Local Anesthesia: Three Injectables

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Starting in the mid-1800s, modern advances in the field of dental anesthetics have been yielding wonderful results in the pursuit of comfort management. Now, more than ever before, you can feel confident in seeing the dentist, trusting that he is able to help your discomfort level as well as your actual dental issue.

The anesthetic used as a direct injectable is called a “local”. It is given as a shot into the soft-tissue surrounding area at the point of operation. Today, the needle is so thin that the patient doesn’t feel it going in, but may feel a slight pinching sensation as the anesthetic enters the tissue. Immediately, the area will numb and the dentist can begin [his/her] work. You may also be given laughing gas in combination to deepen the numb feeling, depending on the procedure and after an assessment by your dentist.

The first type of local anesthetic developed, and still in use today, is called Novocaine. It was the most commonly used injectable until adverse allergic reactions were discovered in some patients. If this is a factor, Articaine has been used as an alternative for allergy-prone patients.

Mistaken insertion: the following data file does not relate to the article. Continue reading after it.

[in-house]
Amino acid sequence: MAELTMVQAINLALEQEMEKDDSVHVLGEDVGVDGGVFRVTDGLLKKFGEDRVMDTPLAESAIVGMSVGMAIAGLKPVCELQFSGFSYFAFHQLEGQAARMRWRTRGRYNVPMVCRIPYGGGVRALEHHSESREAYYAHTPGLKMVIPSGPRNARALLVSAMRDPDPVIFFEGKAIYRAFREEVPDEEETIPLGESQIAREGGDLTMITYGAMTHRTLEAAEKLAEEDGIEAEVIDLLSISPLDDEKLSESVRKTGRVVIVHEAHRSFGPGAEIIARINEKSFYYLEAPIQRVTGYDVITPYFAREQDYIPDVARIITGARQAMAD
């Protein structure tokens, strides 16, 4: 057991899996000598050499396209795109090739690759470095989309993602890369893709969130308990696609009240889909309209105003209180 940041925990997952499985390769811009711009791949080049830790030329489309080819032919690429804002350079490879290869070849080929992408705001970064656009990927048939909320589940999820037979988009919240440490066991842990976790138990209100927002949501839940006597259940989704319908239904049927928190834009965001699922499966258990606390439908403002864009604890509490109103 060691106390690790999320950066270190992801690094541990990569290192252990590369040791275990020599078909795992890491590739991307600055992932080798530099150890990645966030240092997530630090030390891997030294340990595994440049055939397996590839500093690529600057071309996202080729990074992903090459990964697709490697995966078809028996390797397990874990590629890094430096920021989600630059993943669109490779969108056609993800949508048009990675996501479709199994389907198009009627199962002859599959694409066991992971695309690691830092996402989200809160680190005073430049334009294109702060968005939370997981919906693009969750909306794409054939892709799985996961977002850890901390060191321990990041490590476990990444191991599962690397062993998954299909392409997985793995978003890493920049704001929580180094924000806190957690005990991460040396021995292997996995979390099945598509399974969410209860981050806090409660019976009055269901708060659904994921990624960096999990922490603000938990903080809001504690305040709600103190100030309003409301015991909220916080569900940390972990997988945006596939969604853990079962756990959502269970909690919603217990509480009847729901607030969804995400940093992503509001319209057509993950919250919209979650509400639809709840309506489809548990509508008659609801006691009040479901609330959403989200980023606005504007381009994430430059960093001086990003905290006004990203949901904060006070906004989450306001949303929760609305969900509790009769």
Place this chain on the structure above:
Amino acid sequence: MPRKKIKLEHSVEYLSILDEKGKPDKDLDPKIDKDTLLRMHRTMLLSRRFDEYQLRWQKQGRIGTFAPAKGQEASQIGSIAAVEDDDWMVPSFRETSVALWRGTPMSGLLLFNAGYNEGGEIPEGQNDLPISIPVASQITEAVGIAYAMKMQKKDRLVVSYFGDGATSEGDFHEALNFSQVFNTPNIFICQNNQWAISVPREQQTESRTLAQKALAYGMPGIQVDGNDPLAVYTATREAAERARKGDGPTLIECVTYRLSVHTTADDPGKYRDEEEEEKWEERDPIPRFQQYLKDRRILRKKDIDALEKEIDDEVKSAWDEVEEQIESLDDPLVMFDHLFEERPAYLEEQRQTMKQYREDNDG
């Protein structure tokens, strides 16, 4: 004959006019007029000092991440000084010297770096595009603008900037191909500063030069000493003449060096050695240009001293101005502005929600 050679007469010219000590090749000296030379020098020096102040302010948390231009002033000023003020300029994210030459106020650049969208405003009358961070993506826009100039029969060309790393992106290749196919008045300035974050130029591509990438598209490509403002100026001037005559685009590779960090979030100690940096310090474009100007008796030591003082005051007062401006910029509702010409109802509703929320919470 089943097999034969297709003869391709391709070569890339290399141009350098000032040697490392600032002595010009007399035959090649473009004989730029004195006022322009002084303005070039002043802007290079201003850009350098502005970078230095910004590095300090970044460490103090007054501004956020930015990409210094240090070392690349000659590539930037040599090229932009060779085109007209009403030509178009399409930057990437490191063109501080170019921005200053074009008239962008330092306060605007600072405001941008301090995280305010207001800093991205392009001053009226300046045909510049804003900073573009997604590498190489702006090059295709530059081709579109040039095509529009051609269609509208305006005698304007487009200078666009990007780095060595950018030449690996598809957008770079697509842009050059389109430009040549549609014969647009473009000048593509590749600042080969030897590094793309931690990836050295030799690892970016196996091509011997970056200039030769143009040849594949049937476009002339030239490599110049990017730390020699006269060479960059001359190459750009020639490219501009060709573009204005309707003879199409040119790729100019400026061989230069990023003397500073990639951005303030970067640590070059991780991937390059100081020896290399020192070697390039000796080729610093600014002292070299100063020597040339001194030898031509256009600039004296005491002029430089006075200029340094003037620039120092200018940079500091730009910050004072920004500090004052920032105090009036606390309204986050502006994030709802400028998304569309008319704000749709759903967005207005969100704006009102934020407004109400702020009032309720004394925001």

Articaine is a safe and dependable local anesthetic that has been found to be an effective injectable but it is by no means the most popular. That title belongs to Lidocaine (also called Xylocaine or Lignocaine). Lidocaine is considered the injectable of choice for most dentists due to its wide use and the fact that it has very few adverse reactions compared to Articaine and Novocaine.

If you’d like more information on dental anesthesia, feel free to call Dr. Bryce Bray and our team at Bray Dental. You can make an appointment at: 218-681-3233, or come by our office in Thief River Falls, Minnesota.